TPD Insurance Payout - Prerequisites To A Successful Claim

Total and Permanent Disability insurance is a living insurance plan that pays a lump sum in the event that the policy holder suffers an injury or accident that is deemed total and permanent. TPD insurance payout can be used to cover hospital and medical bills, modifications to your car or home, rehabilitation costs, cost of a nurse or housekeeper and to provide ongoing financial support for your family.

Right from the onset, it is important that applicants remember that definitions and the scope of cover may differ from one provider to another. In light of this, it is wise to go through the product disclosure statement to get a clear understanding of when you will be covered.

TPD Claims Payout

It is essential that policy holders looking to apply for a TPD cover understand the process of making a claim in Australia. There are certain conditions that have to be met before a TPD insurance payout is made. It can take several months before a claim is paid out because the insurer must check to ensure that all conditions are satisfied.

When Can A Claim Be Made?

The first prerequisite is that the claim made must satisfy the definitions stipulated by the insurance regarding total and permanent disability. Generally, most policies will fall under "own occupation" or "any occupation". Under own occupation, a claim is paid out if the insured is disabled and cannot return to work in the position that they previously held before the injury or accident.

Under "any occupation" the disablement on the policy holder means that they are unable to ever work again in their field of expertise. Though not standard, most providers will require that the policy holder be incapacitated to perform tasks in their occupation for a period of at least 6 months. Some insurers will also have an age limit of 65 years.

TPD Claims Process

The claims process of a standalone policy is similar to that held within super, though there may be a slight difference. The first step should be to contact the claims team. They will give you the necessary claims forms so you can embark on filling them. If necessary, you can seek advice from a financial adviser. You also need to prepare the necessary documentation. The most essential documents are the completed claim forms and medical statements which should be signed by a certified medical practitioner. Bank details are also required so that benefits are deposited in your designated account. Some insurers may also ask for details of any previous claims.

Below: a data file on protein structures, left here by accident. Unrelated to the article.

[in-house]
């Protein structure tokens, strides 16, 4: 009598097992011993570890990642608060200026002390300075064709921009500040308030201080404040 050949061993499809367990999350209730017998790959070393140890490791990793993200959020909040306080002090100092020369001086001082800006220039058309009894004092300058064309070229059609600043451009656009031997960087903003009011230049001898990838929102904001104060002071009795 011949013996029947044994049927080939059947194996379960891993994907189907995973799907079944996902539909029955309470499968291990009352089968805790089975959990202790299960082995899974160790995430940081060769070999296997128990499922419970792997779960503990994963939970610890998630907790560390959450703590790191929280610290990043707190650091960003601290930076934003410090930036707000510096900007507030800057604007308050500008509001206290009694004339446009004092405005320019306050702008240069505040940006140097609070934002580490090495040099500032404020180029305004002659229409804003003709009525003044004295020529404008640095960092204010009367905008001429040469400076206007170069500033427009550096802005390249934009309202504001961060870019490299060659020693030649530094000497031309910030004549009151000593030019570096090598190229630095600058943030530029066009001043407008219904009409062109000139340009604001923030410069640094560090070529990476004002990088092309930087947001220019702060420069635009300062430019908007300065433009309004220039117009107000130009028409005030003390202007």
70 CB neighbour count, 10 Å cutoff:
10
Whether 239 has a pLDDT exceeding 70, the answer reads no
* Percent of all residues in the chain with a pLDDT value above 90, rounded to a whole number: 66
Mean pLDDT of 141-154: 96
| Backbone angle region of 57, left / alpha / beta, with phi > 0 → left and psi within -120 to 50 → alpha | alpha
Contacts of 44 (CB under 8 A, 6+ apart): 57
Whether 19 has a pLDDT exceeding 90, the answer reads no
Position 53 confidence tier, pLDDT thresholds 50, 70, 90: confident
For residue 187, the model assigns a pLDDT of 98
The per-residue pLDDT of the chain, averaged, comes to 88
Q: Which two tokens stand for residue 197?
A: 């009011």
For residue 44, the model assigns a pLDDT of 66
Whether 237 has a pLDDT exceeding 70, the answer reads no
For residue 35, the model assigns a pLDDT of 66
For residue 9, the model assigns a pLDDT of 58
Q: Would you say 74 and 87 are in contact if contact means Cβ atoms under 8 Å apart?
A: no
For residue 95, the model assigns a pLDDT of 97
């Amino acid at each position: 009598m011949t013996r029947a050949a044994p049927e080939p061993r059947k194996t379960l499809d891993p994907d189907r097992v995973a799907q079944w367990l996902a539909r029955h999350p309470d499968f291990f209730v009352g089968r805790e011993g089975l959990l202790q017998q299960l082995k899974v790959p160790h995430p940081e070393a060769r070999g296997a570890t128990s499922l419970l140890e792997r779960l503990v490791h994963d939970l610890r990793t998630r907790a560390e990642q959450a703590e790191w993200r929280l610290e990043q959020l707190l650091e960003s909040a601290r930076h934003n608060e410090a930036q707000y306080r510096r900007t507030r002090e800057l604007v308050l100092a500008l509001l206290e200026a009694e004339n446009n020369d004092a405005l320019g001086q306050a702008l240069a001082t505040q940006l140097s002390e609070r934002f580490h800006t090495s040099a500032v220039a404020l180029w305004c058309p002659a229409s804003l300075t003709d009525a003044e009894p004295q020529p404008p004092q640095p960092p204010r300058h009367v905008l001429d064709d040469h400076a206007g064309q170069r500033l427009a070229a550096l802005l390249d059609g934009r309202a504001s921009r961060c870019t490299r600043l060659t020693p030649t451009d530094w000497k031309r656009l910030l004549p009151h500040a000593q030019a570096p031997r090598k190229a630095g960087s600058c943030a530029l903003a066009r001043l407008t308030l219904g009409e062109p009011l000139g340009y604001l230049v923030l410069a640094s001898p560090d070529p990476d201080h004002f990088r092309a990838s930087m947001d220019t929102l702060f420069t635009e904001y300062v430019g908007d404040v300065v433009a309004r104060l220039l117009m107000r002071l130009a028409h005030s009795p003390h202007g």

Claim Assessment

Once the claim form has been submitted, it is assessed by the insurer. The insurer can accept, decline or defer the claim. When it is accepted, the claimant is contacted with the payment options. When it is declined, it means that the insurer has deemed that the claimant has not satisfied all the conditions that would necessitate the claim to be paid. When a claim is deferred, the claim is forwarded to a trustee who reviews it and makes a final decision on the status of the claim.

Kerrie Peacock is a skilled personal insurance scientist and you could gain from her comprehensive study. To find out more and ideas on just what can work for you, go to

This article was published on 30 Jul 2014 and has been viewed 587 times
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